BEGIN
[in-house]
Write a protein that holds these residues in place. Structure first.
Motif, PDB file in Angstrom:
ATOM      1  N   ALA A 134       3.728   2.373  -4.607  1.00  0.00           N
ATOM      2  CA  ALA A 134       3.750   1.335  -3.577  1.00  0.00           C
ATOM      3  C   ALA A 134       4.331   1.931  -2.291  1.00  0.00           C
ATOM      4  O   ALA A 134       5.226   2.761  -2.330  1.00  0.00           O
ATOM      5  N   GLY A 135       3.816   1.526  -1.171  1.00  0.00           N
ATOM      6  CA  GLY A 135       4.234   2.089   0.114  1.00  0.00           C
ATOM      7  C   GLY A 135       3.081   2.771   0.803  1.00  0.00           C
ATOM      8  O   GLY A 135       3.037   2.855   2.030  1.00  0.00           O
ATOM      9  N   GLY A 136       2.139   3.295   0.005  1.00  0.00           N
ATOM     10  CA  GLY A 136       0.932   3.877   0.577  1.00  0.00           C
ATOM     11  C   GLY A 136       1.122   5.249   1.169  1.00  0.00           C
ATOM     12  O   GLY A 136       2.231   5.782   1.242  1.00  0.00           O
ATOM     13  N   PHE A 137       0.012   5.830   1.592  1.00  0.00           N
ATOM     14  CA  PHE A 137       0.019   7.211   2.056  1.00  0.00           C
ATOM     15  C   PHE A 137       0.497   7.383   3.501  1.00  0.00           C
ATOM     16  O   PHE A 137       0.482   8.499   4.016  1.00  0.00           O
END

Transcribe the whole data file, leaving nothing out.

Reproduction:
[in-house]
Write a protein that holds these residues in place. Structure first.
Motif, PDB file in Angstrom:
ATOM      1  N   ALA A 134       3.728   2.373  -4.607  1.00  0.00           N
ATOM      2  CA  ALA A 134       3.750   1.335  -3.577  1.00  0.00           C
ATOM      3  C   ALA A 134       4.331   1.931  -2.291  1.00  0.00           C
ATOM      4  O   ALA A 134       5.226   2.761  -2.330  1.00  0.00           O
ATOM      5  N   GLY A 135       3.816   1.526  -1.171  1.00  0.00           N
ATOM      6  CA  GLY A 135       4.234   2.089   0.114  1.00  0.00           C
ATOM      7  C   GLY A 135       3.081   2.771   0.803  1.00  0.00           C
ATOM      8  O   GLY A 135       3.037   2.855   2.030  1.00  0.00           O
ATOM      9  N   GLY A 136       2.139   3.295   0.005  1.00  0.00           N
ATOM     10  CA  GLY A 136       0.932   3.877   0.577  1.00  0.00           C
ATOM     11  C   GLY A 136       1.122   5.249   1.169  1.00  0.00           C
ATOM     12  O   GLY A 136       2.231   5.782   1.242  1.00  0.00           O
ATOM     13  N   PHE A 137       0.012   5.830   1.592  1.00  0.00           N
ATOM     14  CA  PHE A 137       0.019   7.211   2.056  1.00  0.00           C
ATOM     15  C   PHE A 137       0.497   7.383   3.501  1.00  0.00           C
ATOM     16  O   PHE A 137       0.482   8.499   4.016  1.00  0.00           O